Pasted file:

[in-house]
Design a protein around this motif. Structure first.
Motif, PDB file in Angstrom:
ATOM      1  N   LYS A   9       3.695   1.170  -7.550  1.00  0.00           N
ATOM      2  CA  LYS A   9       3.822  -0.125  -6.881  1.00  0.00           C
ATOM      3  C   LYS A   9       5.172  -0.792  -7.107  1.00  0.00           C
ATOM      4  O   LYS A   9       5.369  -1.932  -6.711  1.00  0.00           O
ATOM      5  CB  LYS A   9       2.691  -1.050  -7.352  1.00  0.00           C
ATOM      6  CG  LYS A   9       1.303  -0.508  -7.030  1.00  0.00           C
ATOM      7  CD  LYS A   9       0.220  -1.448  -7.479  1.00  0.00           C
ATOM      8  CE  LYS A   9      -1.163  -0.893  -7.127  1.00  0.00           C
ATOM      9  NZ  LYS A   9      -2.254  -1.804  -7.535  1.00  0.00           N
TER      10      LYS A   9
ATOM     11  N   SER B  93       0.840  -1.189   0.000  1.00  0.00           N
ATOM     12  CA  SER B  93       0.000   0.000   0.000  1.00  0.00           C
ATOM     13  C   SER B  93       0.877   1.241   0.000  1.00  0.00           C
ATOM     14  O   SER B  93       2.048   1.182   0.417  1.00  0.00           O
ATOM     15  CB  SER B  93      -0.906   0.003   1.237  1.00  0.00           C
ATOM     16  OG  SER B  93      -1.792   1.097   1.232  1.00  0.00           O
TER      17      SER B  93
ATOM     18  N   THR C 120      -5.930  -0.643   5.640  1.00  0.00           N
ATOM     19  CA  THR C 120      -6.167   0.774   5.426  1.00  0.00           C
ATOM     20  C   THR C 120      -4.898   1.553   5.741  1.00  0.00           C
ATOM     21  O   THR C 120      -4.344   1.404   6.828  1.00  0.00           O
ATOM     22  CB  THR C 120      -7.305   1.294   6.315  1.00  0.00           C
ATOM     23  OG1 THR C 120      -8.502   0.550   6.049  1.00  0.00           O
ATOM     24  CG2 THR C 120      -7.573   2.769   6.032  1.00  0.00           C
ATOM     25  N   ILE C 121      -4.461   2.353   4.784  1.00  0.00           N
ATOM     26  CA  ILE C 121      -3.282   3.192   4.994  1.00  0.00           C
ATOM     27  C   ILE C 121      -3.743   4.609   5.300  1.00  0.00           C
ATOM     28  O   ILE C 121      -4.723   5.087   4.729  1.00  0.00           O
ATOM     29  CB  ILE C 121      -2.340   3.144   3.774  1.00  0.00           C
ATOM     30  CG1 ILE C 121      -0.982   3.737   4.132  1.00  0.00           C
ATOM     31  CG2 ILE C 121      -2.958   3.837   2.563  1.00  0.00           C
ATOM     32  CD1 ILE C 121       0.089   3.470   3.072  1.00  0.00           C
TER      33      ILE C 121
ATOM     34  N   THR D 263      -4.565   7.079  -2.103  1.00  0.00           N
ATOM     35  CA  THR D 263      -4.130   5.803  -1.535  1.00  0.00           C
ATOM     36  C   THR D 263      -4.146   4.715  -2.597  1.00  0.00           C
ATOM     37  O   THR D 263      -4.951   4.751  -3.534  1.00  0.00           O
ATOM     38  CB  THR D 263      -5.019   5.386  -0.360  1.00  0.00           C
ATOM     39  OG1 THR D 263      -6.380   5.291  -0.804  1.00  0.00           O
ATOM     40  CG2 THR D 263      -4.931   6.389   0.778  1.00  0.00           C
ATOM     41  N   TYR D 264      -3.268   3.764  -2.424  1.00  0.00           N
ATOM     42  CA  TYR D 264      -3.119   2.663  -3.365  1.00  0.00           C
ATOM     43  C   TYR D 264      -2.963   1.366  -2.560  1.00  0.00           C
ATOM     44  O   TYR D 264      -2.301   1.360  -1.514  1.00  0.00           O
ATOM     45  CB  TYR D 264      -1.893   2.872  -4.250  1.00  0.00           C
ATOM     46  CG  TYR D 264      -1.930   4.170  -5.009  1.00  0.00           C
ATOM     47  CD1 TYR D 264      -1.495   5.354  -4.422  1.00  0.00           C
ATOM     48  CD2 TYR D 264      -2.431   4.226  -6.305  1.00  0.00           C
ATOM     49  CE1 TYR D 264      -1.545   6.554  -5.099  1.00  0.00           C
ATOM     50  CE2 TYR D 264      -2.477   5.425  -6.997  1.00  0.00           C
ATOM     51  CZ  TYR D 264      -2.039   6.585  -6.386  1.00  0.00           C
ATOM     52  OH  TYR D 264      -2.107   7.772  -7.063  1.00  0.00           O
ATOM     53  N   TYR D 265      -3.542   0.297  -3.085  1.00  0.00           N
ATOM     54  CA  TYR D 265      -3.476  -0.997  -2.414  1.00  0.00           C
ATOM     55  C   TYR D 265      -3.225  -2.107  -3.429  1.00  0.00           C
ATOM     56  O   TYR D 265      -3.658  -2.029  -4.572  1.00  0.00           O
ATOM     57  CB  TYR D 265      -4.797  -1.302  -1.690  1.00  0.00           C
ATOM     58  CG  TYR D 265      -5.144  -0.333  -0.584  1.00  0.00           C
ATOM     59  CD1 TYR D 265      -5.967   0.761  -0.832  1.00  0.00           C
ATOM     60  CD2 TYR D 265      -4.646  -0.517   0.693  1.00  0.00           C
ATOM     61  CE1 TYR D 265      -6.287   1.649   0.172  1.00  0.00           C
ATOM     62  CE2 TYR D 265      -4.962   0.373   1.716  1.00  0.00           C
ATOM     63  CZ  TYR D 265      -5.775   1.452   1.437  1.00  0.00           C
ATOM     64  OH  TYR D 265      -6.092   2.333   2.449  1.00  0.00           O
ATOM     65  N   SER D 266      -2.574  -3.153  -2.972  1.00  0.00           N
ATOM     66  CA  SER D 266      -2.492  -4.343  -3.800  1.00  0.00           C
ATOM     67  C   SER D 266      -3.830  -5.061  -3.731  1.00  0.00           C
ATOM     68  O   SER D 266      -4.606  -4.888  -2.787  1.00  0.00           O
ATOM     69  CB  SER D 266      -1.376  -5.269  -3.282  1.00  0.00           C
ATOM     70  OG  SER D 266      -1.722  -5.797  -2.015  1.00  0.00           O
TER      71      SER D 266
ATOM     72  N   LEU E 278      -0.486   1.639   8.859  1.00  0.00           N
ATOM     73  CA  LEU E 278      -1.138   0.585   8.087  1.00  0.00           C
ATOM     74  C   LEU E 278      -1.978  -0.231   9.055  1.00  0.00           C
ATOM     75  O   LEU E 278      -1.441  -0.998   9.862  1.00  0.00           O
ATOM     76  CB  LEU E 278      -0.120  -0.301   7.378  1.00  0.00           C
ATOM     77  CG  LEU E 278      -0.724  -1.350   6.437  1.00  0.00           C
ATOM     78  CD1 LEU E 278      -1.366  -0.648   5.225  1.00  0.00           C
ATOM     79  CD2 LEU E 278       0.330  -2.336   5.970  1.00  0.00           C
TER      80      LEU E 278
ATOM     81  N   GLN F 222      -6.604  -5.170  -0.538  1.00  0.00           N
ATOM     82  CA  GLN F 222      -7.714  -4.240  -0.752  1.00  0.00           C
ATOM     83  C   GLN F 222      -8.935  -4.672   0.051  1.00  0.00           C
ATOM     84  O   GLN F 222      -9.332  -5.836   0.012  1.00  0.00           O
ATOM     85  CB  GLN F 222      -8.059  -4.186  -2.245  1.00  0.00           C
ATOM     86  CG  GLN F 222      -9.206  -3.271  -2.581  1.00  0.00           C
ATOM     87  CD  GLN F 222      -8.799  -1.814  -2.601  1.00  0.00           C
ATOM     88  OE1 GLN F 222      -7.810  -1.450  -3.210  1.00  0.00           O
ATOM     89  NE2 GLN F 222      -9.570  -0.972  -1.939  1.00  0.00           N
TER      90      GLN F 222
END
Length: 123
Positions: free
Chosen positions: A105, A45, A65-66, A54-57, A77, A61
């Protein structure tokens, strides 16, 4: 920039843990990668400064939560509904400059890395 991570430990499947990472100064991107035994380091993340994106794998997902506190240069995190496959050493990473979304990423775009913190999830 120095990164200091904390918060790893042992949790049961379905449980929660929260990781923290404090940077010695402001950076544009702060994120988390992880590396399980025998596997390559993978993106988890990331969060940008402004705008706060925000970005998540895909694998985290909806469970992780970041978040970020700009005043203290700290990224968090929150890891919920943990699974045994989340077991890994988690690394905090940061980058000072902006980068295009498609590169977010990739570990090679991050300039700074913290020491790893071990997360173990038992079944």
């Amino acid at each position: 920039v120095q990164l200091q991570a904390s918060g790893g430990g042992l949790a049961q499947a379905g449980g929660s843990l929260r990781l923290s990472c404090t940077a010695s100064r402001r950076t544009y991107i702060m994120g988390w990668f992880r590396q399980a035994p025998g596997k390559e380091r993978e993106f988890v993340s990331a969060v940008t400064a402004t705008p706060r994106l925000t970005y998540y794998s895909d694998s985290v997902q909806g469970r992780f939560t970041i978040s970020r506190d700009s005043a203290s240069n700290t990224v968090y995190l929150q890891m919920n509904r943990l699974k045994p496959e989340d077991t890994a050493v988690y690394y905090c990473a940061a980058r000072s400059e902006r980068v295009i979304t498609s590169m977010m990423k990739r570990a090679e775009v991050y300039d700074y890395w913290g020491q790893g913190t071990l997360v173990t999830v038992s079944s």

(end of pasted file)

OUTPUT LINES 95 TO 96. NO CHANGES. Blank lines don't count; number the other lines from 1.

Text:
Length: 123
Positions: free